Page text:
Wells Fargo has big loss as it adds to reserves (Reuters)
"The quarterly loss at San Francisco-based Wells Fargo, not including Wachovia, was $2.55 billion, or 79 cents per share, compared with a profit of $1.36 billion, or 41 cents, a year earlier. Revenue fell 4 percent to $9.82 billion.
The company also said the former Wachovia Corp, which it bought on December 31, lost $11.17 billion in the fourth quarter, largely to boost loan loss reserves as well as investment writedowns. Before Wells Fargo outbid Citigroup Inc to take control, Wachovia nearly collapsed as losses soared from troubled mortgages."
Boeing Posts Quarterly Loss on Strike Impact and Charges (PRNewswire)
Fourth-quarter net income declined to a loss of $56 million, or $0.08 per share, reflecting the now-settled machinists' strike (EPS impact estimated at $1.09 per share), a charge related to the 747 ($0.61 per share) and a litigation-related reserve ($0.09 per share).
Revenues for the quarter declined 27 percent to $12.7 billion, due primarily to the effects of the strike which reduced commercial airplane deliveries by approximately 70 units and revenues by an estimated $4.3 billion.
For the full year of 2008, net income fell 34 percent to $2.7 billion, EPS was $3.71 per share, and revenue fell 8 percent to $60.9 billion. Full-year results were impacted by the strike, the 747 charge, the litigation-related reserve, and higher costs for AEW&C announced in the second quarter, which together reduced full-year EPS by an estimated $2.56 per share. This was partially offset by lower pension and deferred compensation expenses.
"The progress we made in many areas of Boeing during 2008 was outweighed by the impact of the strike and our performance on some key development programs," said Chairman, President, and Chief Executive Officer Jim McNerney. "Our imperative going forward is improving execution where it needs to be improved, maintaining strong performance across all our production programs, and preserving our financial strength to grow in these challenging economic times."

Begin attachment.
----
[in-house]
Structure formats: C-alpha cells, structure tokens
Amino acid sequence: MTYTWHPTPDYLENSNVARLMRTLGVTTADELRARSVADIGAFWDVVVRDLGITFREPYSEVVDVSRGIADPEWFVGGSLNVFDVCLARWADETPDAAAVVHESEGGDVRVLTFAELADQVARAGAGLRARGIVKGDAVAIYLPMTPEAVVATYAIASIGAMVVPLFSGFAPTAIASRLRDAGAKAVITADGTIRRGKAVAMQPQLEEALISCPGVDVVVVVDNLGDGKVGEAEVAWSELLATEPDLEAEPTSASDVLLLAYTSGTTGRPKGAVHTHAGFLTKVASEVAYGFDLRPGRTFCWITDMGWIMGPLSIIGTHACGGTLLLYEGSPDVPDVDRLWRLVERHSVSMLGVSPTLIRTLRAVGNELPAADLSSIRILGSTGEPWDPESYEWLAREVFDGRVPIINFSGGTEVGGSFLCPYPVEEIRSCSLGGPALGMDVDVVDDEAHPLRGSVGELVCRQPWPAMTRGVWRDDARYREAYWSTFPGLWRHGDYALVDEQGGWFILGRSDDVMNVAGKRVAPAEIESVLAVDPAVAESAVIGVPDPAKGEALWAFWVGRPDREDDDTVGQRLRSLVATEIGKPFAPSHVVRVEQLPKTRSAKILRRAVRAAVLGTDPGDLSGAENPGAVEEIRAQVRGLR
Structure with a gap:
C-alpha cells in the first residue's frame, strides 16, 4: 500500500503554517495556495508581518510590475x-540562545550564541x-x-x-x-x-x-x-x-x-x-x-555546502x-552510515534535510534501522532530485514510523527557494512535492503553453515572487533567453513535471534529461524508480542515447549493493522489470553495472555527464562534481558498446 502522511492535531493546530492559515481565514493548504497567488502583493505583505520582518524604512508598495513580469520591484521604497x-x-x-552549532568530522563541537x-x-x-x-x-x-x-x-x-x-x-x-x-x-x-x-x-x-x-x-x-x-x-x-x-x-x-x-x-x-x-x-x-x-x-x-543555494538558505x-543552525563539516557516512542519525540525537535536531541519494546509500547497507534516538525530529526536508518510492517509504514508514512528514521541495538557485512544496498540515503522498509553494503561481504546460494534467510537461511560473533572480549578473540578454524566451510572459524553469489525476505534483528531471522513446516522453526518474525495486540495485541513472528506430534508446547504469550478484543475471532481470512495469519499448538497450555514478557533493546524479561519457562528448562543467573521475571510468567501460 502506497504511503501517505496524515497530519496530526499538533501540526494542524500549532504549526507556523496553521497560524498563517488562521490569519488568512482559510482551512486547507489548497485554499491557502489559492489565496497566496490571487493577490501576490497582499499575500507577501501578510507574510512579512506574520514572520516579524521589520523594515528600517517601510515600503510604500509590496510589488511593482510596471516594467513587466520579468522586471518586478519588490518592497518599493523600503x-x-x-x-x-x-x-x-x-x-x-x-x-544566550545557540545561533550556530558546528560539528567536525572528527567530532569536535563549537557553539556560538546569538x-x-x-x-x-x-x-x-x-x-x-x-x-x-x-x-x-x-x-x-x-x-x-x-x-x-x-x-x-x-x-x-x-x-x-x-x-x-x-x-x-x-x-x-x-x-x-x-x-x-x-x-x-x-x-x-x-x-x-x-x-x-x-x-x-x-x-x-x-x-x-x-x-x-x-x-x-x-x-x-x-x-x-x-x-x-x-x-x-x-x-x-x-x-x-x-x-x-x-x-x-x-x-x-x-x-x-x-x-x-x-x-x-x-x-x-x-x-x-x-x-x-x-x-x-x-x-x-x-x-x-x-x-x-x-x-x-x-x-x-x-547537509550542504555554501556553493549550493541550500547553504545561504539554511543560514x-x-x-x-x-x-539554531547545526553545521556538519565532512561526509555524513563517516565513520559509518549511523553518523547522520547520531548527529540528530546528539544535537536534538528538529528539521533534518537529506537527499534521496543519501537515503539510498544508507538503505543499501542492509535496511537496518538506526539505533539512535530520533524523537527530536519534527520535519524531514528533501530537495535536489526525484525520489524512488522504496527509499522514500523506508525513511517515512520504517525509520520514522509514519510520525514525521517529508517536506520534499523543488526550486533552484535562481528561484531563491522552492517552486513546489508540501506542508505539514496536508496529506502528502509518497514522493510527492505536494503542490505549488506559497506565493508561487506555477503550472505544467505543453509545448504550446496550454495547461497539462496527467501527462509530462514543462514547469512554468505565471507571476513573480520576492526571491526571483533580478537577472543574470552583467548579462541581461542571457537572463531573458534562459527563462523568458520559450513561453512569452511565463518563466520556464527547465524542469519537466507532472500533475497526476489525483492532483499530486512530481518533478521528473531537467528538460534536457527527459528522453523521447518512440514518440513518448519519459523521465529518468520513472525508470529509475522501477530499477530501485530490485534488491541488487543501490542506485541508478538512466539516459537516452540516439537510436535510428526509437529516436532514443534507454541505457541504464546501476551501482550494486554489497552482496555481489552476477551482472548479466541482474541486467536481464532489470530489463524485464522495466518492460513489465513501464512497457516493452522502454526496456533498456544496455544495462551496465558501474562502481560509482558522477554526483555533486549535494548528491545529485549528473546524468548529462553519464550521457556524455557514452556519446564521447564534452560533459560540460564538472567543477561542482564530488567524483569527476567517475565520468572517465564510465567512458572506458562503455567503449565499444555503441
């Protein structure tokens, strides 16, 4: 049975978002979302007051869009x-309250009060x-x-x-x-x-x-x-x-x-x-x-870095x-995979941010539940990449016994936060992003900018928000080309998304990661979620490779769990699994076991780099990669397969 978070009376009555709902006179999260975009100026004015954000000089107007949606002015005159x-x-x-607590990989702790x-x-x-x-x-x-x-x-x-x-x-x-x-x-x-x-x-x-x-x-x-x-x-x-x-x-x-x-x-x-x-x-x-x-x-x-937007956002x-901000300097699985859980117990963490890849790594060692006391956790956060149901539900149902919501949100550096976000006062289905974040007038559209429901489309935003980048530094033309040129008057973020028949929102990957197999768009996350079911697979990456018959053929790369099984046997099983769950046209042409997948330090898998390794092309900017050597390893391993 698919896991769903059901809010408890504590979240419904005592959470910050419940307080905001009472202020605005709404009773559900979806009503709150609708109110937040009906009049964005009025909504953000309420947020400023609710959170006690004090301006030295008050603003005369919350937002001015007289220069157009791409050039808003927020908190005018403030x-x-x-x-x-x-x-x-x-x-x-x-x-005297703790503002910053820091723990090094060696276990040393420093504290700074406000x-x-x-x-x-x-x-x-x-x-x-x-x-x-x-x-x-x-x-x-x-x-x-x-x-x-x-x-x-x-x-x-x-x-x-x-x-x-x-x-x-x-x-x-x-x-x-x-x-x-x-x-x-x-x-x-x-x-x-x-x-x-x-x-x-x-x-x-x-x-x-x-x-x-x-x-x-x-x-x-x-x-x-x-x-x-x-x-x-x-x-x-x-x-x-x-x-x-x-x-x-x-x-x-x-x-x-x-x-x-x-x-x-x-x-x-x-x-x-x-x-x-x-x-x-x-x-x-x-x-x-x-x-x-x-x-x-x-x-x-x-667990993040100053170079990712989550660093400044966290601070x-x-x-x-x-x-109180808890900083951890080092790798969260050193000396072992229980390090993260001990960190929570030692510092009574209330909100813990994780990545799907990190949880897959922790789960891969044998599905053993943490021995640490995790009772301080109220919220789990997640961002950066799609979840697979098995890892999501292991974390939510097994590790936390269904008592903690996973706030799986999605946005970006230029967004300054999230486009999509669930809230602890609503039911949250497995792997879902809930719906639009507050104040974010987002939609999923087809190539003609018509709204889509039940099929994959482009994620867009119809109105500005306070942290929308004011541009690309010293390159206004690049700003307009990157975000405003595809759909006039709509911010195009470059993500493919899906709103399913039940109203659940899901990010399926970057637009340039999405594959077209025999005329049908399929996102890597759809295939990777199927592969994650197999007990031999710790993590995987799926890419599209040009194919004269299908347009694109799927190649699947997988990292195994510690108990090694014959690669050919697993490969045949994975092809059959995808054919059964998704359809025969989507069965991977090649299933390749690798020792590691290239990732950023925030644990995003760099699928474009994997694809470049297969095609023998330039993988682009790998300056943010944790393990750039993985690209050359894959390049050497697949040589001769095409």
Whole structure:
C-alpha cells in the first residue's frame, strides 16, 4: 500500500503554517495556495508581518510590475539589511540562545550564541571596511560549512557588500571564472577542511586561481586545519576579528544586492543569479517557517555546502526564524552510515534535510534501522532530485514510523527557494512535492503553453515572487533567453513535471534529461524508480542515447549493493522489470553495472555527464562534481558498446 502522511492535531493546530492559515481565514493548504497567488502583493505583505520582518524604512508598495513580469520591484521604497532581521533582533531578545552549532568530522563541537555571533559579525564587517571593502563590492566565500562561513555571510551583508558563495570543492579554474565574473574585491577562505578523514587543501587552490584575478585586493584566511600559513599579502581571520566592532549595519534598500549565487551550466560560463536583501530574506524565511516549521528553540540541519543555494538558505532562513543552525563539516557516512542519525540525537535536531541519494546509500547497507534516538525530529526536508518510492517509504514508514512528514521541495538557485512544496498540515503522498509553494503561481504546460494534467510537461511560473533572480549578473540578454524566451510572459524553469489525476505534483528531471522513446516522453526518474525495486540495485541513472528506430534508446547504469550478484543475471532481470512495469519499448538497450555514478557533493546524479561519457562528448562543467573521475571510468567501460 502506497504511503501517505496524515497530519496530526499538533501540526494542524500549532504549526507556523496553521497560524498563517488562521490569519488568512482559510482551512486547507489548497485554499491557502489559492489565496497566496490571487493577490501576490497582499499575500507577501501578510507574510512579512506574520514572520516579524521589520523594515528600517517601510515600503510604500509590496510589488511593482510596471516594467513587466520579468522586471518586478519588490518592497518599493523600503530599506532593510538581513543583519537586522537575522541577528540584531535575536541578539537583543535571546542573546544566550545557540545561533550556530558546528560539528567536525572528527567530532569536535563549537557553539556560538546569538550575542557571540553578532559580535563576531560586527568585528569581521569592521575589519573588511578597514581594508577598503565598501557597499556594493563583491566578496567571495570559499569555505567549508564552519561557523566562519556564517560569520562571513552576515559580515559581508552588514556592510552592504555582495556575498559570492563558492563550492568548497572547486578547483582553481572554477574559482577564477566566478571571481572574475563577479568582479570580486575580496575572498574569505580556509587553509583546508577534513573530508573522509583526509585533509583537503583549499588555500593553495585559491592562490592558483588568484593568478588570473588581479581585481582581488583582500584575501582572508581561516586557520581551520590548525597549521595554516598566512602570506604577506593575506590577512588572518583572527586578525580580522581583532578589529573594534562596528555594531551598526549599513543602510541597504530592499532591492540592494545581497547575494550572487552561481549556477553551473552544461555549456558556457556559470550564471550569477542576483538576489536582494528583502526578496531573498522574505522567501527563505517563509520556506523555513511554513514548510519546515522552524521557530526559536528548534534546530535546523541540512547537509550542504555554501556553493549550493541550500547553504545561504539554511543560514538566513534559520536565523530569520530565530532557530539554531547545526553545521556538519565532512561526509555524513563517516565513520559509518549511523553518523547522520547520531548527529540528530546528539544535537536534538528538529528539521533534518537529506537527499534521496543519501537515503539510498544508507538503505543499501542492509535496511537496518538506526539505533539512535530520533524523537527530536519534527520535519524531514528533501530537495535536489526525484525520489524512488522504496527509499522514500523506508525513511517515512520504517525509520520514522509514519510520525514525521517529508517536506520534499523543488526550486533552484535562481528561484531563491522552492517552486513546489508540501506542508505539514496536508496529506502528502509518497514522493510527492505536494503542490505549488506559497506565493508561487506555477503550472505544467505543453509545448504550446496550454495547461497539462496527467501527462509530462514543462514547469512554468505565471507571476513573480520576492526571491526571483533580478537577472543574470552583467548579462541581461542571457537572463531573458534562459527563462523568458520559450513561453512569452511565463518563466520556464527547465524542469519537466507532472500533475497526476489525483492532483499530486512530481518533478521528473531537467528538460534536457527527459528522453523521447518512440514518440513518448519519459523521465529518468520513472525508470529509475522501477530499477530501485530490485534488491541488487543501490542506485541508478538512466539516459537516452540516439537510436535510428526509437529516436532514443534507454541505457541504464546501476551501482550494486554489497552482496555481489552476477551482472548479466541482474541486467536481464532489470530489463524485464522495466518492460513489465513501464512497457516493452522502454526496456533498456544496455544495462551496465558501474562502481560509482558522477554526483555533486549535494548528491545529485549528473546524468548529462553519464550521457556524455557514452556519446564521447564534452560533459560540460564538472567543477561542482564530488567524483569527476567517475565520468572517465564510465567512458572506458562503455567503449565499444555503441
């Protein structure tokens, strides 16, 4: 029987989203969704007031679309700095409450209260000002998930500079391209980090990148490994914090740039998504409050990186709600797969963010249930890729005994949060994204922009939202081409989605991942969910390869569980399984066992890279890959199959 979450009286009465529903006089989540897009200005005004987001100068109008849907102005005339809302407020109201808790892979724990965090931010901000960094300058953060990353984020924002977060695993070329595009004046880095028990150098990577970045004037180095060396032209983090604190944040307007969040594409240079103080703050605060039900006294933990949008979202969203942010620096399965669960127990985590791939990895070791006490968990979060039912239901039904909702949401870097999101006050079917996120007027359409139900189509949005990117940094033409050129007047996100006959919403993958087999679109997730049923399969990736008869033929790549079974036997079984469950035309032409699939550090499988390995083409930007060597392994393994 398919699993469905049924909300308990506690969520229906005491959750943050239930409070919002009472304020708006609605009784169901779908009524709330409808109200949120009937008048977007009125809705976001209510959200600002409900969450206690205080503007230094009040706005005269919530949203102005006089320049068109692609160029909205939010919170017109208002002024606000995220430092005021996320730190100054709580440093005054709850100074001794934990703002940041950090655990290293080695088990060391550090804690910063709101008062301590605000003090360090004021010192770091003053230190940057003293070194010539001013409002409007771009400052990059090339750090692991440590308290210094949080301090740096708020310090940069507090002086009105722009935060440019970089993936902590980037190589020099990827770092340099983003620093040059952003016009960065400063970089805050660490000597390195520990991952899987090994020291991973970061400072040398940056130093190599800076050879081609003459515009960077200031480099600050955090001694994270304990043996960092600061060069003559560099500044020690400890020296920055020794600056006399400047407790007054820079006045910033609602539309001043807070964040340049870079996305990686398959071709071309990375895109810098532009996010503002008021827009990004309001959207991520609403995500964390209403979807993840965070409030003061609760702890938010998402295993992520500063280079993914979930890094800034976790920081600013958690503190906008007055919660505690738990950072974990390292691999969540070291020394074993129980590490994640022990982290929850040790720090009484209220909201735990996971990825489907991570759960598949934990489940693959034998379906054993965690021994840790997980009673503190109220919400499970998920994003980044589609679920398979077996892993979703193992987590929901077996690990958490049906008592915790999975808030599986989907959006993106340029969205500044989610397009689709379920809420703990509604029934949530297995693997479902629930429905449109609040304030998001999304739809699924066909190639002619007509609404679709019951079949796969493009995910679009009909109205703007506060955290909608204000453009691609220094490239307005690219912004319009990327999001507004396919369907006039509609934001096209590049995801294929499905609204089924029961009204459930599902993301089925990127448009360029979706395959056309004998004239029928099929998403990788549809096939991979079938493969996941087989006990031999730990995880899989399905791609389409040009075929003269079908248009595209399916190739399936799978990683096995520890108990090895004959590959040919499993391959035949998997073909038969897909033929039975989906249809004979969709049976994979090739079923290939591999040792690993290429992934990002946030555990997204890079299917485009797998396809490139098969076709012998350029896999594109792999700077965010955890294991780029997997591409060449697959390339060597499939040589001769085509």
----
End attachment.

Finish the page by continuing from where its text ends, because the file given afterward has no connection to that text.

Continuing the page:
Tax-evader Not So Popular In Davos (Bloomberg)
Meouch: Boy-toy Treasury Secretary Tim Geithner's Yuan call was characterized as "economic suicide" by Morgan Stanley's Asia Chairman Stephen Roach, before a panel in Davos today. "I've never seen an economy in recession voluntarily raise their currency," Roach added. "It's horrible advice."
Eating Out, With T. Boone Pickens (Dallas Morning News)
Want some of that shit? TBP is auctioning himself off on eBay. Bidding starts Monday, at $100,000, and last 'til February 12. Good luck to all.
Behind Citi's Decision to Scrap New Jet Plans (FT)
Mentioned yesterday but confirmed: it was those meddling bastards over at Tim Geithner's Treasury that guilted Citi into saying it has "no plans to take possession" of the Dassault Falcon 7X.
Stimulus Bill Near $900 Billion (WSJ)
Expected House vote today. Includes: "a $365.6 billion spending measure for such brick-and-mortar projects as highways and bridges; a $180 billion measure to boost jobless benefits and Medicaid, among other things; and a $275 billion tax-relief package, which includes a plan to give a $500 payroll tax holiday to all workers, a proposal from Mr. Obama's presidential campaign." Also: " 'I would love to not have to spend this money,' Mr. Obama said, according to individuals familiar with the president's meetings with Republicans."
Stephen Schwarzman's Maverick Proposal (DBook)
Crab-hands wants more leverage.